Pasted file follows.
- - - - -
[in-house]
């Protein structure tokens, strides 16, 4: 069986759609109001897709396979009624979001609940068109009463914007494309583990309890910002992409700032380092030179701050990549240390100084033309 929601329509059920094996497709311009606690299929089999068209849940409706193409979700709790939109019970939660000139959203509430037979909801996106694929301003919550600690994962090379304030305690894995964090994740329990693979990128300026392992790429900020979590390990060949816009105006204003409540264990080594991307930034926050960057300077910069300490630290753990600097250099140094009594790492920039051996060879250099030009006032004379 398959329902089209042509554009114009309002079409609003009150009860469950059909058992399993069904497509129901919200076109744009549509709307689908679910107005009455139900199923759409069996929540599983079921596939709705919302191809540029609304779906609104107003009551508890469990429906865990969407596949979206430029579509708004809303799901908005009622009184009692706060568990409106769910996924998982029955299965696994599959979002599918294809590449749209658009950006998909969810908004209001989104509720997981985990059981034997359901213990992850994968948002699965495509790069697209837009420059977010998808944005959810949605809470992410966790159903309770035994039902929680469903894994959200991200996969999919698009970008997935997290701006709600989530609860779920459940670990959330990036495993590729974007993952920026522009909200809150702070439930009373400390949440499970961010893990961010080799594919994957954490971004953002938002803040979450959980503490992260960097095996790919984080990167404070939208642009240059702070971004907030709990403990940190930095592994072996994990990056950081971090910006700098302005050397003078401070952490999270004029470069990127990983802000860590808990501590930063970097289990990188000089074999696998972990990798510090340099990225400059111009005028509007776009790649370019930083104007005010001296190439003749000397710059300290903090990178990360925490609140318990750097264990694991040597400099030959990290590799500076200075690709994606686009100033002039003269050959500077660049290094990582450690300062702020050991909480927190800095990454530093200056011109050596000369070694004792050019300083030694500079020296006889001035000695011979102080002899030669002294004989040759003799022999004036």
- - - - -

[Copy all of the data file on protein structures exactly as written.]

[in-house]
């Protein structure tokens, strides 16, 4: 069986759609109001897709396979009624979001609940068109009463914007494309583990309890910002992409700032380092030179701050990549240390100084033309 929601329509059920094996497709311009606690299929089999068209849940409706193409979700709790939109019970939660000139959203509430037979909801996106694929301003919550600690994962090379304030305690894995964090994740329990693979990128300026392992790429900020979590390990060949816009105006204003409540264990080594991307930034926050960057300077910069300490630290753990600097250099140094009594790492920039051996060879250099030009006032004379 398959329902089209042509554009114009309002079409609003009150009860469950059909058992399993069904497509129901919200076109744009549509709307689908679910107005009455139900199923759409069996929540599983079921596939709705919302191809540029609304779906609104107003009551508890469990429906865990969407596949979206430029579509708004809303799901908005009622009184009692706060568990409106769910996924998982029955299965696994599959979002599918294809590449749209658009950006998909969810908004209001989104509720997981985990059981034997359901213990992850994968948002699965495509790069697209837009420059977010998808944005959810949605809470992410966790159903309770035994039902929680469903894994959200991200996969999919698009970008997935997290701006709600989530609860779920459940670990959330990036495993590729974007993952920026522009909200809150702070439930009373400390949440499970961010893990961010080799594919994957954490971004953002938002803040979450959980503490992260960097095996790919984080990167404070939208642009240059702070971004907030709990403990940190930095592994072996994990990056950081971090910006700098302005050397003078401070952490999270004029470069990127990983802000860590808990501590930063970097289990990188000089074999696998972990990798510090340099990225400059111009005028509007776009790649370019930083104007005010001296190439003749000397710059300290903090990178990360925490609140318990750097264990694991040597400099030959990290590799500076200075690709994606686009100033002039003269050959500077660049290094990582450690300062702020050991909480927190800095990454530093200056011109050596000369070694004792050019300083030694500079020296006889001035000695011979102080002899030669002294004989040759003799022999004036």